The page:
Vapor Transmissions and Floor Coatings
Concrete epoxy floor coatings are known to be sensitive to excess moisture. How this works may be surprising to you if you have not looked into it before.
Where is the moisture coming from?
Moisture problems in concrete occur in 2 different ways- moisture content in the concrete itself, and vapor transmission from below. The moisture itself is not always an issue as many epoxies can handle higher moisture in concrete. Vapor is a problem when it is transmitted to the surface. This will occur when the vapor pressure in the concrete is higher than the air at the surface.
Vapor needs to be able to move from one area to another, instead of being trapped. Vapor transmission is often seen in areas where the water table is high, as this provides a constant source of moisture from below the ground.
Why is it important to prevent vapor transmissions?
In some installations, such as in humidity controlled rooms, vapor transmission is also a critical production requirement. The need to prevent excess moisture in the room from below the concrete is particularly important. Not only is the flooring at risk, but so is the product being made there.
When vapor is trapped under a coating it can cause an adherence issue. This will result in delamination and failure of the floor coating. You may also see blistering, peeling and moisture that will cause mildew on carpeting installed over it.
Wood flooring might see buckling or warping. Tile may crack or curl up on the edges and concrete coatings may be soft and re-emulsify.
How to prevent vapor transmission
Every concrete installation is a bit different from the others. Conditions during installation, techniques used and materials will all make each slab just a little different, but there are some similarities in how vapor transmission should be handled:
- Ensure the concrete is cured long enough
- Create a barrier under the concrete to prevent vapor from migrating, and make sure the edges are managed correctly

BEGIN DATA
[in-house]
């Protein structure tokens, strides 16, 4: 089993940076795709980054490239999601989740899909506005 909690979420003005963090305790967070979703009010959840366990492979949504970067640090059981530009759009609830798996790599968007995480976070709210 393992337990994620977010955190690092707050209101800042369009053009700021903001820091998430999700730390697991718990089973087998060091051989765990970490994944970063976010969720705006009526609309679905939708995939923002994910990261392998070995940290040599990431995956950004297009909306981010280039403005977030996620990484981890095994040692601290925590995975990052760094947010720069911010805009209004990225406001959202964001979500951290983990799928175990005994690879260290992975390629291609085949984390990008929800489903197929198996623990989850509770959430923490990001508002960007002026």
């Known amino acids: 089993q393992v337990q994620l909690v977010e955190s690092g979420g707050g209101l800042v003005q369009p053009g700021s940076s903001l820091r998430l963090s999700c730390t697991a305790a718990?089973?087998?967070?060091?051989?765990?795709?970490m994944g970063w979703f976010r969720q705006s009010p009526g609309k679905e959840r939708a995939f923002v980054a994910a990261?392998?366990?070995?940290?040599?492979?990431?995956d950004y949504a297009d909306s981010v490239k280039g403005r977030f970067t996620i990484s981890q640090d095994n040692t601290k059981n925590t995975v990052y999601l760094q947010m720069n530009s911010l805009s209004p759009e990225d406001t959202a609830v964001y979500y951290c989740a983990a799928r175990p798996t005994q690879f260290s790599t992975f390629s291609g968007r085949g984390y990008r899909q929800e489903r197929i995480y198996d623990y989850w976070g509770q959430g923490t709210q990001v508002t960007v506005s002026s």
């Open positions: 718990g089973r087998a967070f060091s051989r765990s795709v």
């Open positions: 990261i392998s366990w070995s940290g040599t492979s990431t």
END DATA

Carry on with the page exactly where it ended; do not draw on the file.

- Control drainage in construction so water is not pooling near the building
- Use lower quantities of water in concrete mixes
Testing is a great way to determine if vapor transmission is an issue for your surface. A few different techniques are used by professionals and can provide valuable information about your unique floor.
If vapor is a problem, Urethane Cement overlays are an excellent option. urethane Cement can typically withstand up to 20 pounds of pressure per 1000 feet. This is substantially greater than epoxy coatings, which typically prevent up to 3 pounds of pressure per 1000 feet. But urethane cement can be expensive. Another option is an epoxy moister mitigation system. An epoxy moisture mitigation system can be installed. Most moisture mitigation systems can prevent as much as 20 pounds per 1000 square feet. And even prevent moisture from slabs that are saturated with up to 100% relative humidity.
Polished Concrete is an excellent flooring system to prevent vapor transmission. Firstly, polished concrete doesn’t require any coatings. Without coatings, there can be no coating failure. Polished concrete utilizes the stone and aggregate within the concrete slab, and sweeps across the substrate with grinding stones. Each grinding successive grinding stone gets finer and finer, so that the final product is a smooth industrial finish.
PennCoat, Inc. has been providing industrial painting, commercial painting, epoxy flooring, and polished concrete services for nearly 30 years. Our experienced installers are trained and equipped with the proper knowledge and tools to ensure that every installation is installed efficiently and safely. PennCoat, Inc. provides service to Pennsylvania, New Jersey, Maryland, and Delaware. And we cover York, Lancaster, Philadelphia, Chester, Montgomery, Baltimore, Harrisburg, Dauphin, Bucks, Berks, and other counties in the surrounding area.